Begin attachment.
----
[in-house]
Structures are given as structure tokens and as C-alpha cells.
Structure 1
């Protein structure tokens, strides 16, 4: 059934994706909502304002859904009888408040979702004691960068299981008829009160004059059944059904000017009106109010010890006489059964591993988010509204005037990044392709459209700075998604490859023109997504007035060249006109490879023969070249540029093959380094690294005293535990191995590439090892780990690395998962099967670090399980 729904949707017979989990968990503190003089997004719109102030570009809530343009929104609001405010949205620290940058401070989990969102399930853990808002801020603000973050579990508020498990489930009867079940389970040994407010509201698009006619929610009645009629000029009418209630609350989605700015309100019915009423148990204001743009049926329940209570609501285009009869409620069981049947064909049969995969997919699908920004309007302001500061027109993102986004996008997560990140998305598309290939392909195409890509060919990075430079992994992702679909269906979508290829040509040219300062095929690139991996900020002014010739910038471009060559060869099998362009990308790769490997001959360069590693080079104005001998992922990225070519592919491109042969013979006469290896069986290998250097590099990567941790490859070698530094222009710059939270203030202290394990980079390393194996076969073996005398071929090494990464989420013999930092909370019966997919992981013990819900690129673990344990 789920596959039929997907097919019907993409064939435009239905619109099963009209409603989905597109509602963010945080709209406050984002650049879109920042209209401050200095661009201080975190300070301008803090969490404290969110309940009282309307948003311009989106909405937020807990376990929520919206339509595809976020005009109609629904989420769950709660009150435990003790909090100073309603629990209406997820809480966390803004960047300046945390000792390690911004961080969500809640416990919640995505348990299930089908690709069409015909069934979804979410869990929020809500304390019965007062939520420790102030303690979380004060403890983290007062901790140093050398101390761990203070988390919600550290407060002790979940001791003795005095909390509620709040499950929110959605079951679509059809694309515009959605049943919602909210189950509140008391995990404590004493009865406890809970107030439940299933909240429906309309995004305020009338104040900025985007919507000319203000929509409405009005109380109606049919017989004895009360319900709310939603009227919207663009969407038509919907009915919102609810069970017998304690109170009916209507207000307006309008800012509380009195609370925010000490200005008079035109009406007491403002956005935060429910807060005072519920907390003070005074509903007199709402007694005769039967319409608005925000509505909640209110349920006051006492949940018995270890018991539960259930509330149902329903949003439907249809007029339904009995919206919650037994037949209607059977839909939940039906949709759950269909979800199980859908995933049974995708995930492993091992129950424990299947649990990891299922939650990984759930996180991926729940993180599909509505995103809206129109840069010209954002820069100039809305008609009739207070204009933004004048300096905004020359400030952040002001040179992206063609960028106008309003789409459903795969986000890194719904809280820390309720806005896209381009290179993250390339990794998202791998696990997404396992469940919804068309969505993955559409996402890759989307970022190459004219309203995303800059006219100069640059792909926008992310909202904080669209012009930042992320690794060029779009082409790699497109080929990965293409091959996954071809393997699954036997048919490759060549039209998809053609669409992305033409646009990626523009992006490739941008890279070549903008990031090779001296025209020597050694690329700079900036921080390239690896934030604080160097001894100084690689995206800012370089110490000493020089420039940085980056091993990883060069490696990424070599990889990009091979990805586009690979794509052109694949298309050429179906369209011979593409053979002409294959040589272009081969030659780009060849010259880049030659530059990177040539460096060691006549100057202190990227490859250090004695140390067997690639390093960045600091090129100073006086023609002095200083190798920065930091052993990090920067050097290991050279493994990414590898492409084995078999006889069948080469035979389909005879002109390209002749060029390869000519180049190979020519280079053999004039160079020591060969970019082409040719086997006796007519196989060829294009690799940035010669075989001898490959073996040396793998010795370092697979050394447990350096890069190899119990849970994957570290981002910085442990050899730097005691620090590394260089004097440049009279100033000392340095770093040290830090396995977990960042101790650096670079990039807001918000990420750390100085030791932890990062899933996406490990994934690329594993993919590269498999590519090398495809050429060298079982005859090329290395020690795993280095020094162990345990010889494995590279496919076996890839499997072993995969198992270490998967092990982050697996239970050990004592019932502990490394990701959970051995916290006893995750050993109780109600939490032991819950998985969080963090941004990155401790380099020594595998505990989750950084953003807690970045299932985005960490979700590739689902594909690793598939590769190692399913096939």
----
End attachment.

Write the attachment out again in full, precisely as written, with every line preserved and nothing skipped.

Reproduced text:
[in-house]
Structures are given as structure tokens and as C-alpha cells.
Structure 1
């Protein structure tokens, strides 16, 4: 059934994706909502304002859904009888408040979702004691960068299981008829009160004059059944059904000017009106109010010890006489059964591993988010509204005037990044392709459209700075998604490859023109997504007035060249006109490879023969070249540029093959380094690294005293535990191995590439090892780990690395998962099967670090399980 729904949707017979989990968990503190003089997004719109102030570009809530343009929104609001405010949205620290940058401070989990969102399930853990808002801020603000973050579990508020498990489930009867079940389970040994407010509201698009006619929610009645009629000029009418209630609350989605700015309100019915009423148990204001743009049926329940209570609501285009009869409620069981049947064909049969995969997919699908920004309007302001500061027109993102986004996008997560990140998305598309290939392909195409890509060919990075430079992994992702679909269906979508290829040509040219300062095929690139991996900020002014010739910038471009060559060869099998362009990308790769490997001959360069590693080079104005001998992922990225070519592919491109042969013979006469290896069986290998250097590099990567941790490859070698530094222009710059939270203030202290394990980079390393194996076969073996005398071929090494990464989420013999930092909370019966997919992981013990819900690129673990344990 789920596959039929997907097919019907993409064939435009239905619109099963009209409603989905597109509602963010945080709209406050984002650049879109920042209209401050200095661009201080975190300070301008803090969490404290969110309940009282309307948003311009989106909405937020807990376990929520919206339509595809976020005009109609629904989420769950709660009150435990003790909090100073309603629990209406997820809480966390803004960047300046945390000792390690911004961080969500809640416990919640995505348990299930089908690709069409015909069934979804979410869990929020809500304390019965007062939520420790102030303690979380004060403890983290007062901790140093050398101390761990203070988390919600550290407060002790979940001791003795005095909390509620709040499950929110959605079951679509059809694309515009959605049943919602909210189950509140008391995990404590004493009865406890809970107030439940299933909240429906309309995004305020009338104040900025985007919507000319203000929509409405009005109380109606049919017989004895009360319900709310939603009227919207663009969407038509919907009915919102609810069970017998304690109170009916209507207000307006309008800012509380009195609370925010000490200005008079035109009406007491403002956005935060429910807060005072519920907390003070005074509903007199709402007694005769039967319409608005925000509505909640209110349920006051006492949940018995270890018991539960259930509330149902329903949003439907249809007029339904009995919206919650037994037949209607059977839909939940039906949709759950269909979800199980859908995933049974995708995930492993091992129950424990299947649990990891299922939650990984759930996180991926729940993180599909509505995103809206129109840069010209954002820069100039809305008609009739207070204009933004004048300096905004020359400030952040002001040179992206063609960028106008309003789409459903795969986000890194719904809280820390309720806005896209381009290179993250390339990794998202791998696990997404396992469940919804068309969505993955559409996402890759989307970022190459004219309203995303800059006219100069640059792909926008992310909202904080669209012009930042992320690794060029779009082409790699497109080929990965293409091959996954071809393997699954036997048919490759060549039209998809053609669409992305033409646009990626523009992006490739941008890279070549903008990031090779001296025209020597050694690329700079900036921080390239690896934030604080160097001894100084690689995206800012370089110490000493020089420039940085980056091993990883060069490696990424070599990889990009091979990805586009690979794509052109694949298309050429179906369209011979593409053979002409294959040589272009081969030659780009060849010259880049030659530059990177040539460096060691006549100057202190990227490859250090004695140390067997690639390093960045600091090129100073006086023609002095200083190798920065930091052993990090920067050097290991050279493994990414590898492409084995078999006889069948080469035979389909005879002109390209002749060029390869000519180049190979020519280079053999004039160079020591060969970019082409040719086997006796007519196989060829294009690799940035010669075989001898490959073996040396793998010795370092697979050394447990350096890069190899119990849970994957570290981002910085442990050899730097005691620090590394260089004097440049009279100033000392340095770093040290830090396995977990960042101790650096670079990039807001918000990420750390100085030791932890990062899933996406490990994934690329594993993919590269498999590519090398495809050429060298079982005859090329290395020690795993280095020094162990345990010889494995590279496919076996890839499997072993995969198992270490998967092990982050697996239970050990004592019932502990490394990701959970051995916290006893995750050993109780109600939490032991819950998985969080963090941004990155401790380099020594595998505990989750950084953003807690970045299932985005960490979700590739689902594909690793598939590769190692399913096939």